• strikes should not meet between the opponents. if the sticks meet halfway between you and the partner, it was a waste. there is an exception–if one moves away and blocks the strike from the new position, the sticks will meet between the opponents
  • instead of meeting between the opponents, the sticks should meet at one of the opponents. meaning, you cannot have both men striking. one is striking, one is blocking. <—- and that is why the sticks meet, not because you both struck the same dead space between you. or worse–because you were aiming for each other’s stick
  • the drill should ensure that one man’s stick is stopping the other’s stick from hitting him. anything less, and you are wasting valuable training time
  • if you have a set of drills that are memorized choreography (which I honestly dislike), the set of drills is not complete unless you have a stage where the partners have no idea which drill he will end up doing. fighters don’t say to each other “Hey Mike, let’s do XYZ drill.” You should start off with XYZ drill and switch to EFG drill without cueing Mike
  • back to where the sticks should meet, they should meet right next to a place on the participant that will break or bleed if the block is missed. Eskrima with no element of danger is like practicing shooting with water guns
  • speaking of water guns, those of you who teach defense against firearms should consider training against a water gun, and make the student take at least one step to reach it. if you can get the gun without getting your shirt wet, you may have a chance avoiding a bullet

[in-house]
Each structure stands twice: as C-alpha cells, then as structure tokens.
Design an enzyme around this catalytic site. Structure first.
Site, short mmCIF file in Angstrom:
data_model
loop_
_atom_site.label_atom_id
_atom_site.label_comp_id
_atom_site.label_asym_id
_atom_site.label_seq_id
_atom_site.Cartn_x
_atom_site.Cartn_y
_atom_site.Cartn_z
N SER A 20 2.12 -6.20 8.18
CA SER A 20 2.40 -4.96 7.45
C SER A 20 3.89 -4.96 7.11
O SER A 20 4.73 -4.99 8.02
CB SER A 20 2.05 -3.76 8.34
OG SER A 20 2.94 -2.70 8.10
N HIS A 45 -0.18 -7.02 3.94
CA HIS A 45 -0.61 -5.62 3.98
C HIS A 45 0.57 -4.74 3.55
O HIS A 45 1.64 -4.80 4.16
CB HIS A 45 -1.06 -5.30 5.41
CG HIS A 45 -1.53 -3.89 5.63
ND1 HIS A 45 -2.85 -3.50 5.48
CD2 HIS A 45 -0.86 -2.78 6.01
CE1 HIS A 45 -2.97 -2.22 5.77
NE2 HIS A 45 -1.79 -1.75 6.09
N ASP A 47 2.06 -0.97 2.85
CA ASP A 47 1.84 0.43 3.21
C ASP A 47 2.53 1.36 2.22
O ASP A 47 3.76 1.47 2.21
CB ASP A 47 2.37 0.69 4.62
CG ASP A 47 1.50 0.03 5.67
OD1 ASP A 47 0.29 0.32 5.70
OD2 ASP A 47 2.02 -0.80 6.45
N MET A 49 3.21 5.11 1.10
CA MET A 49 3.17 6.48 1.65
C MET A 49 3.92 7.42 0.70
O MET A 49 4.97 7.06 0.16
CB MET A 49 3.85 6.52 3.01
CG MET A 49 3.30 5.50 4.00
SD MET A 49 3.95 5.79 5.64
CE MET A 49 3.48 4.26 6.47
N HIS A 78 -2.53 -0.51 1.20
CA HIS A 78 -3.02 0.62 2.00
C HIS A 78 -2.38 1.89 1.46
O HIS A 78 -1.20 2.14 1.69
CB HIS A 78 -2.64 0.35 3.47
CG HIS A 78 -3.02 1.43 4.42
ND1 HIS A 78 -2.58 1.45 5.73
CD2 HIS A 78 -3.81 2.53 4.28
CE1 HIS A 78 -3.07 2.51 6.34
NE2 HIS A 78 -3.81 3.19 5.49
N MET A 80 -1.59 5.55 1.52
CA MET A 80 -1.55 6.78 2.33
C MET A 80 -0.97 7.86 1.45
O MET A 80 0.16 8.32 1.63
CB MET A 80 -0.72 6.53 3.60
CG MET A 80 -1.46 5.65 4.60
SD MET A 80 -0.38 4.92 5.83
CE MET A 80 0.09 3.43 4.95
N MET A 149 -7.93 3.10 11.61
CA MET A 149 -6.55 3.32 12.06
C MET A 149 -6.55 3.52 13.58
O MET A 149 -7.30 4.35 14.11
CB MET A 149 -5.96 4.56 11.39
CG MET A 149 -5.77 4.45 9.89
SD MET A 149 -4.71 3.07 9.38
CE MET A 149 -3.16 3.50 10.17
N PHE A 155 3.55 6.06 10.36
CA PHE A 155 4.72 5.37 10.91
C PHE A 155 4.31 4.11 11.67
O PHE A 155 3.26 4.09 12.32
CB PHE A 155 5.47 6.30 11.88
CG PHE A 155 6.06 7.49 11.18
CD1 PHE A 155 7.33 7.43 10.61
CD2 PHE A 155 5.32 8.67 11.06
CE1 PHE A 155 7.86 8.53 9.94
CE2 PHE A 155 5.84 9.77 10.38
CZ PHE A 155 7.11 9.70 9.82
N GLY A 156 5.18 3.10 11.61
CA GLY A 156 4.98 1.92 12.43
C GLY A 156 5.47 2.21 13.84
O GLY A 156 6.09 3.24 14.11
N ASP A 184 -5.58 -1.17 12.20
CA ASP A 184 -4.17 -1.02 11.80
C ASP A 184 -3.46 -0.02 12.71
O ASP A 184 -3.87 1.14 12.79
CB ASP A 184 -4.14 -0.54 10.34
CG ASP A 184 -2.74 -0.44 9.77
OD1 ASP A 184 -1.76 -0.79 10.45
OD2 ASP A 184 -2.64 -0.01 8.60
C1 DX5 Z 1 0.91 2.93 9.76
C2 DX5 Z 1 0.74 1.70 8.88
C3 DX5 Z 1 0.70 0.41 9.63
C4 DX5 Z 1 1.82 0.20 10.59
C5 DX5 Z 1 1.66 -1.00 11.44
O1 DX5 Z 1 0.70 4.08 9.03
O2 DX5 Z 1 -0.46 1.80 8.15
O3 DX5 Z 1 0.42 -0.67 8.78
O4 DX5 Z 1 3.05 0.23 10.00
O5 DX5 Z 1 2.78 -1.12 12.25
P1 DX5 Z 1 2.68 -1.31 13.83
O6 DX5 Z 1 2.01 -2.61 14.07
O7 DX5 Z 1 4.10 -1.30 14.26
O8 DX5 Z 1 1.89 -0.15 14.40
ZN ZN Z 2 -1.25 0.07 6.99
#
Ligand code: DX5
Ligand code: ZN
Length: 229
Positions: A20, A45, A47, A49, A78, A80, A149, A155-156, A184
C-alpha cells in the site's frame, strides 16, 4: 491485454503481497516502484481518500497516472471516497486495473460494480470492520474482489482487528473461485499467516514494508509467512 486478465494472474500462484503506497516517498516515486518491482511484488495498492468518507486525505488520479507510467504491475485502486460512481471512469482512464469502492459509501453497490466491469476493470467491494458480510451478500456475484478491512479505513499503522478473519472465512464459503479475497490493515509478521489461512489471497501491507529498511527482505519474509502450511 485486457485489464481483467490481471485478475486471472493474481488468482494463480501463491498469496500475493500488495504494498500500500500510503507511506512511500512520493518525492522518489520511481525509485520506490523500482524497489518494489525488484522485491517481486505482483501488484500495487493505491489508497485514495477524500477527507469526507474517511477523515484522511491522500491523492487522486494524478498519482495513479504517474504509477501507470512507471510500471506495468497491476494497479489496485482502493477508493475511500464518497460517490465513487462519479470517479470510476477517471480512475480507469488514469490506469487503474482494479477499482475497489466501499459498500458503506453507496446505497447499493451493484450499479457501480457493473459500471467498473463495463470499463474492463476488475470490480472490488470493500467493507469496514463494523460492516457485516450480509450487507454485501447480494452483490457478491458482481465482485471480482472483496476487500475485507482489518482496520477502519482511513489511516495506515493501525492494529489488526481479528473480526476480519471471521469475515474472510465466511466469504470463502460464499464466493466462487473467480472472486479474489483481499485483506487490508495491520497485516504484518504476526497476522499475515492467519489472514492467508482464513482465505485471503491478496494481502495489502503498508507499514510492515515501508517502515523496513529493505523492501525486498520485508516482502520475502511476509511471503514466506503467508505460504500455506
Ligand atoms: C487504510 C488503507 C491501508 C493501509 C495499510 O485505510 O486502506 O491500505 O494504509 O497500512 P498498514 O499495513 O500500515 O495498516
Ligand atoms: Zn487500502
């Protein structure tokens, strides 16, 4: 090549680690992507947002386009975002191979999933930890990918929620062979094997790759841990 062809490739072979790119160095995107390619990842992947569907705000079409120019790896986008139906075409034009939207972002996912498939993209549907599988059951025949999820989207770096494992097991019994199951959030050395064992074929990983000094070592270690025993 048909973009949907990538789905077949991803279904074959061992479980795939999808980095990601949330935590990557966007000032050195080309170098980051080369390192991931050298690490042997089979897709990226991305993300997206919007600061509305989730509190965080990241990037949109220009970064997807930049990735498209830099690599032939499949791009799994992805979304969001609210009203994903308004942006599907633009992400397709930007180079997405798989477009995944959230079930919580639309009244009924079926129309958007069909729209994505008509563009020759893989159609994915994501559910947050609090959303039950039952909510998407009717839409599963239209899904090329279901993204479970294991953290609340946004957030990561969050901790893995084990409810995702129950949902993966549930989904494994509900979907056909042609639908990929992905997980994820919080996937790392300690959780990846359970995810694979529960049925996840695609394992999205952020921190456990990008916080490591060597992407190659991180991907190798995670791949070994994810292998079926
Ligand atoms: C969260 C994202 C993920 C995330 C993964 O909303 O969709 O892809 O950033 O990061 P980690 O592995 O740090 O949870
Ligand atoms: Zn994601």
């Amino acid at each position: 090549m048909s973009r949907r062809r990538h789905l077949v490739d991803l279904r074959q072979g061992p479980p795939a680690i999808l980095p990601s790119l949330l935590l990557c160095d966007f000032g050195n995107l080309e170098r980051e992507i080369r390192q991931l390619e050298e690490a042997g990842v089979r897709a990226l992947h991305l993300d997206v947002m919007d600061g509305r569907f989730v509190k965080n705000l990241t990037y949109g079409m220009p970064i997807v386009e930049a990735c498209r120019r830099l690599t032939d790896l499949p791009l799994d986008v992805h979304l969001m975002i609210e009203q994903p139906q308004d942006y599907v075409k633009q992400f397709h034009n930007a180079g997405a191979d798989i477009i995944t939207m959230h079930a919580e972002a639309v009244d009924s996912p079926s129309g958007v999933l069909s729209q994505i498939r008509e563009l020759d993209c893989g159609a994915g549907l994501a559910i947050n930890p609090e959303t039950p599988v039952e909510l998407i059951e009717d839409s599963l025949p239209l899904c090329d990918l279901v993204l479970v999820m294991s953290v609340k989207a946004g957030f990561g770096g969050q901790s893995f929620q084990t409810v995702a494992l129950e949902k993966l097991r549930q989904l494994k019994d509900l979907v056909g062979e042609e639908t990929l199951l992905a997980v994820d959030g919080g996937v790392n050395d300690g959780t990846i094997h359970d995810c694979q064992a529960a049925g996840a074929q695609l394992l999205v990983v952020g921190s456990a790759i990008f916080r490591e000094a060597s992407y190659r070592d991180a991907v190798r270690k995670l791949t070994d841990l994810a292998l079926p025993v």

• in the drill, the goal of the defender should be to escape the strike with his feet and head as well as by utilizing a block. make your opponent catch you

I am going to end it here. When you train your Eskrima or whatever art you do, make sure you have the element of reaching to hit targets rather than striking easy-to-reach target. You will find your fighting skill improve greatly in a short amount of time. And as always, if any man reading this blog happens to be in Sacramento and would like to get a demonstration, try out my theories or test them, or learn more about what I’ve presented here–please send me an email (and bring $35, half the amount of a private lesson), and I will gladly show/prove this theory in person.

Thanks for visiting my blog.